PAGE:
Rediscovering a Great American City

By: Emily Haggstrom Issue: Innovation, Growth, Job Creation Section: Government

Salt Lake City’s Economic Prosperity


It’s a city perfectly situated for a balanced life of work and play. Nobody knows this better than residents of the greater Salt Lake metropolitan communities, nestled between the Great Salt Lake and the steep Wasatch and Oquirrh mountain ranges, lending to dramatic sunsets and staggering colorful vistas fit for an artist’s pallet.

For the most part, Salt Lake has been attributed to The Church of Jesus Christ of Latter-day Saints (LDS), weekend ski trips, and films at its annual Sundance Film Festival. But what businesses are slowly figuring out and what outsiders will soon embrace about this quiet city, is that Salt Lake is a prominent source of business and employment with a renowned and undeniably reliable workforce. Whether this is attributed to a trifling nightlife, a rich outdoor lifestyle or simply the desire for rich family culture, residents and transplants of Salt Lake’s metropolitan communities are proud to live in this ever-growing and vibrant state.

It is during one of the nation’s worst economic slumps that Salt Lake and the state of Utah have had what some may consider an economic deliverance. The city and its surrounding metropolitan areas are thriving with new manufacturing facilities, sprawling new business campuses, and data centers popping up in every part of the city, while other parts of the country are experiencing development stagnation.

Growth persists in key industries as Salt Lake continues to lead the charge nationally in a quest for sustainable economic recovery, courting some of the biggest names in business by offering huge economic incentives in the form of tax breaks. Global companies like Oracle, eBay, Adobe, Goldman Sachs, and Proctor & Gamble are either expanding or locating to the Salt Lake valley and working with all that Utah has to offer. “Success breeds success, and we want companies that fit together and offer opportunities to each other,” said Jeffrey Edwards, president and CEO of the Economic Development Corporation of Utah (EDCUtah), a public-private partnership that assists businesses in relocating or expanding into the state.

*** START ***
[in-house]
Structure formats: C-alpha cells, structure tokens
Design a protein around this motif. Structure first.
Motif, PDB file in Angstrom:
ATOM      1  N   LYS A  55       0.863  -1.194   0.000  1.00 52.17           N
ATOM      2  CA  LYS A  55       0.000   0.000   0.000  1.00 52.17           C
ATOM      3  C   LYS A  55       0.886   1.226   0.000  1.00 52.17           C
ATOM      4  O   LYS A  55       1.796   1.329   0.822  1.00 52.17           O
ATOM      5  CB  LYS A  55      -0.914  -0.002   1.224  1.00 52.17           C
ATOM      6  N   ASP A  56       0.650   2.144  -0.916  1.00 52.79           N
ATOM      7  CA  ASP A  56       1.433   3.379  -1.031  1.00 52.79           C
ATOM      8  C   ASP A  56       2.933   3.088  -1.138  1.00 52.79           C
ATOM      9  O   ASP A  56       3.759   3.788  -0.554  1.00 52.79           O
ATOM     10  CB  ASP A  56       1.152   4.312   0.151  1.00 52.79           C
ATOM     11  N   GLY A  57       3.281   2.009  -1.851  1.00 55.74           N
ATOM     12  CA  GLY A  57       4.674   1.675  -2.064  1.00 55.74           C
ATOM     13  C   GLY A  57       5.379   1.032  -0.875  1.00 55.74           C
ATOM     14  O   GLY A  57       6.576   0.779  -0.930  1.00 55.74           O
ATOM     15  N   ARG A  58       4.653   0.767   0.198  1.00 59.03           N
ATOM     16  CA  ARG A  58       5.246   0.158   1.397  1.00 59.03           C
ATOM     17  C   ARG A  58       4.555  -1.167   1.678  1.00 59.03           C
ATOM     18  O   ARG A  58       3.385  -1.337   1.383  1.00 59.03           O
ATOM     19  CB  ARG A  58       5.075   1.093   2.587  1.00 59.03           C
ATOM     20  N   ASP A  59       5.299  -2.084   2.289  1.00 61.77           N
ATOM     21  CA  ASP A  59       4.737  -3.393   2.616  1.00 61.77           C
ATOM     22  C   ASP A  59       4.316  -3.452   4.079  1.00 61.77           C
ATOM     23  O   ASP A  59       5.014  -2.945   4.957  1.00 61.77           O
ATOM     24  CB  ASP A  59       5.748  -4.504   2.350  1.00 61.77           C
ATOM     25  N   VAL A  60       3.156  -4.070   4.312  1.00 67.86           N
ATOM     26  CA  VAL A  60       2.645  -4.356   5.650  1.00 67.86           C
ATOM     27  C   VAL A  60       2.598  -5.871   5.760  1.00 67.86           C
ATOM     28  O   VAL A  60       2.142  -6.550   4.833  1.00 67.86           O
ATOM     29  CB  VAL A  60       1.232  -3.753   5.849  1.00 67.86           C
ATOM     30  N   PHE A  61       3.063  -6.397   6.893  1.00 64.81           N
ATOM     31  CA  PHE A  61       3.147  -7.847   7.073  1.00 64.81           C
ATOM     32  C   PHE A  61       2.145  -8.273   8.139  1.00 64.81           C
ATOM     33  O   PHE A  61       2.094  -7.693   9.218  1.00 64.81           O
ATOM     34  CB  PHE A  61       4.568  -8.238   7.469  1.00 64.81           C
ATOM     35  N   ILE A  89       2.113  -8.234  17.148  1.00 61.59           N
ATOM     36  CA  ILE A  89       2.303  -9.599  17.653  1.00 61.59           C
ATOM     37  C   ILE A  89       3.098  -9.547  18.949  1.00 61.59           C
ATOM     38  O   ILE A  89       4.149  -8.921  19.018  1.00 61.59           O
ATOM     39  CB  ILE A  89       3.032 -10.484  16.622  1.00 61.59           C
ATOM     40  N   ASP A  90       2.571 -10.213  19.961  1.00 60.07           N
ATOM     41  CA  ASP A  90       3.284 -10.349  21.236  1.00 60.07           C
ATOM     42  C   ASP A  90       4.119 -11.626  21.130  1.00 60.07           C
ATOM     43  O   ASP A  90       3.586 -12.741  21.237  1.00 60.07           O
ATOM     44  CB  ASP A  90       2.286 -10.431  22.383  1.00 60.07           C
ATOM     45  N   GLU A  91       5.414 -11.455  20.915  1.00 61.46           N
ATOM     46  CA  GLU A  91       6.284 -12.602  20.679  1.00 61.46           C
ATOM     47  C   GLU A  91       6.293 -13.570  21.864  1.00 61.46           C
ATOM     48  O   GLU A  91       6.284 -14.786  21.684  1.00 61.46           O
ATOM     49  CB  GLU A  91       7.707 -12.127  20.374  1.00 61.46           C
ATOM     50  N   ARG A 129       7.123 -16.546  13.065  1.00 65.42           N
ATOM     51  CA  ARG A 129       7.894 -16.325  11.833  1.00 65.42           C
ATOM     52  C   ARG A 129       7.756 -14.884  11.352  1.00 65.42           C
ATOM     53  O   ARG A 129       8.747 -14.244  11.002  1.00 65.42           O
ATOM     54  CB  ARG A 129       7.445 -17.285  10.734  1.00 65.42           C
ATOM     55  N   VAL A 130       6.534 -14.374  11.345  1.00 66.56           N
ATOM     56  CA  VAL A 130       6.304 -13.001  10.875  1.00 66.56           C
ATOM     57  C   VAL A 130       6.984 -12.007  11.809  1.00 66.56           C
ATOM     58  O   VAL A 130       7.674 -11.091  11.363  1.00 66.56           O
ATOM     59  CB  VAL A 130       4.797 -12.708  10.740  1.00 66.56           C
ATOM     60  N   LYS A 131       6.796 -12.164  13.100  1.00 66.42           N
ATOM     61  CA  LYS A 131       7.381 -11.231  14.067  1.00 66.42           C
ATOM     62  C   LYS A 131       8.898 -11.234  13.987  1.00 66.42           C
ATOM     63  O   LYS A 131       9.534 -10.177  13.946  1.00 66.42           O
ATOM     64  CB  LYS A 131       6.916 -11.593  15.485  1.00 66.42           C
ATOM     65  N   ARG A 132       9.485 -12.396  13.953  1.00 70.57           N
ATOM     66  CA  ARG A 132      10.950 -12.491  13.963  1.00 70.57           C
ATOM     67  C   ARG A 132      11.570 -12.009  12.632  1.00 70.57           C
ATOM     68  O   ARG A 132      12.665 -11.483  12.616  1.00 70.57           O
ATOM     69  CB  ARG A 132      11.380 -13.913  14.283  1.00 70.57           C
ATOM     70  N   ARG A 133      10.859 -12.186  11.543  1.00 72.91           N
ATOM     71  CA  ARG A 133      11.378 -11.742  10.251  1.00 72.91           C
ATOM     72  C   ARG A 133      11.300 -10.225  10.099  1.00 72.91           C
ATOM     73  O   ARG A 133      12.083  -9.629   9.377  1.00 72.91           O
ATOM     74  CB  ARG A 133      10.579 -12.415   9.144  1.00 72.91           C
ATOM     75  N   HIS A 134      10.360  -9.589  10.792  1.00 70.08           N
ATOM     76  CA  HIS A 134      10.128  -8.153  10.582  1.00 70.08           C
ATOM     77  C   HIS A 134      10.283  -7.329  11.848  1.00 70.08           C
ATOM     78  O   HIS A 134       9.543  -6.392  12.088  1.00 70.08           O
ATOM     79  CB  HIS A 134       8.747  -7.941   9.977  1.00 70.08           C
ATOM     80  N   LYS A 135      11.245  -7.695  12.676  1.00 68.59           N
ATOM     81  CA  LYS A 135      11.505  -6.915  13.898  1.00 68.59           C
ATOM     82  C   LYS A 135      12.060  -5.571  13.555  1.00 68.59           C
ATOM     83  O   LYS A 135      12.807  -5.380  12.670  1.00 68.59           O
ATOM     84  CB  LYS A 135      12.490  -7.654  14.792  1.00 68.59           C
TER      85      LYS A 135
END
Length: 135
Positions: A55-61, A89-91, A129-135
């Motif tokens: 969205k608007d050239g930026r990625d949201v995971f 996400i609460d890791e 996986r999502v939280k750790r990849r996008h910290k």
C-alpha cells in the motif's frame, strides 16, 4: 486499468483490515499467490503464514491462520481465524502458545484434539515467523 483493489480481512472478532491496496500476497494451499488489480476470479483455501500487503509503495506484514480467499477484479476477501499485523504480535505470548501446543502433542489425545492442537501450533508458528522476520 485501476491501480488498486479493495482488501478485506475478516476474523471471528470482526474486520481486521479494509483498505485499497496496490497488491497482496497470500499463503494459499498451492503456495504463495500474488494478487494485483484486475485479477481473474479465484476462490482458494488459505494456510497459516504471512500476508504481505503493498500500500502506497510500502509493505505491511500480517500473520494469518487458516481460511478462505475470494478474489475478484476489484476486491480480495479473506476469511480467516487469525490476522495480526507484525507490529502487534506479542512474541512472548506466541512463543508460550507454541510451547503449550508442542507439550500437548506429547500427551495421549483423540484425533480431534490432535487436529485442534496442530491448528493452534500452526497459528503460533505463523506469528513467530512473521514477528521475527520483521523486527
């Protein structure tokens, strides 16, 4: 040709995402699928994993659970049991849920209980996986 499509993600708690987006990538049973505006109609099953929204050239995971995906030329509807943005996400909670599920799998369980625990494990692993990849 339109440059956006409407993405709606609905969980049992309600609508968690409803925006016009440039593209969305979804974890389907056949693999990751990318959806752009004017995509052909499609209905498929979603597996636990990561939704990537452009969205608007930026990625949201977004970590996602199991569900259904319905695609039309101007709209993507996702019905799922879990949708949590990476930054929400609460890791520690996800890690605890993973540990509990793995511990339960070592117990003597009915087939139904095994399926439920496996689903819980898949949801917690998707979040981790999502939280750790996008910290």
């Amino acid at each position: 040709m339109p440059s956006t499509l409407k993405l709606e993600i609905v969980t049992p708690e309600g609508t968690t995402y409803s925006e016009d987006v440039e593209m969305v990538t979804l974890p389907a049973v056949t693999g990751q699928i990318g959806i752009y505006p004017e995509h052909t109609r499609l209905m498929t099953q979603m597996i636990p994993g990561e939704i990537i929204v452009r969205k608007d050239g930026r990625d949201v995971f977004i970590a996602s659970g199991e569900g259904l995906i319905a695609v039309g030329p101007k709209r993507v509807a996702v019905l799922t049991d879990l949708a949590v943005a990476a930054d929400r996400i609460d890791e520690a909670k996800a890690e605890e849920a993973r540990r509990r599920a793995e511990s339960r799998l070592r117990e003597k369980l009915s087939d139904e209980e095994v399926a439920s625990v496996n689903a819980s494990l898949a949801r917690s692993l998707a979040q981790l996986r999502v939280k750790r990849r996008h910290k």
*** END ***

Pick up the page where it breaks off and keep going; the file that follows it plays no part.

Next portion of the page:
However, most of the state’s success can be attributed to the government of Utah — it shines as a bright light among states in the West with a balanced and stable budget that offers consistency in the face of an on-going fiscal crises. In what could be considered a truly conservative move, the Republican-forward state cut a third of the government functions, saving money and allowing contracted private sector entities to fill many former government roles. The Governor’s Office of Economic Development, an executive branch agency of the state, believed there was no reason to do what the private sector could do better, so the state gave EDCUtah the ability to offer performance-based incentives and site selections to ensure a fair-minded approach for all parties involved.

“We manage the state taxpayers’ money, and are very proud of the fact that we manage it with a high degree of private sector professionalism. And even though it is tax dollars, we expect a return on our investment. One of the key factors of what we do is post performance,” said Michael Sullivan, director of communications at Utah Governor’s Office of Economic Development.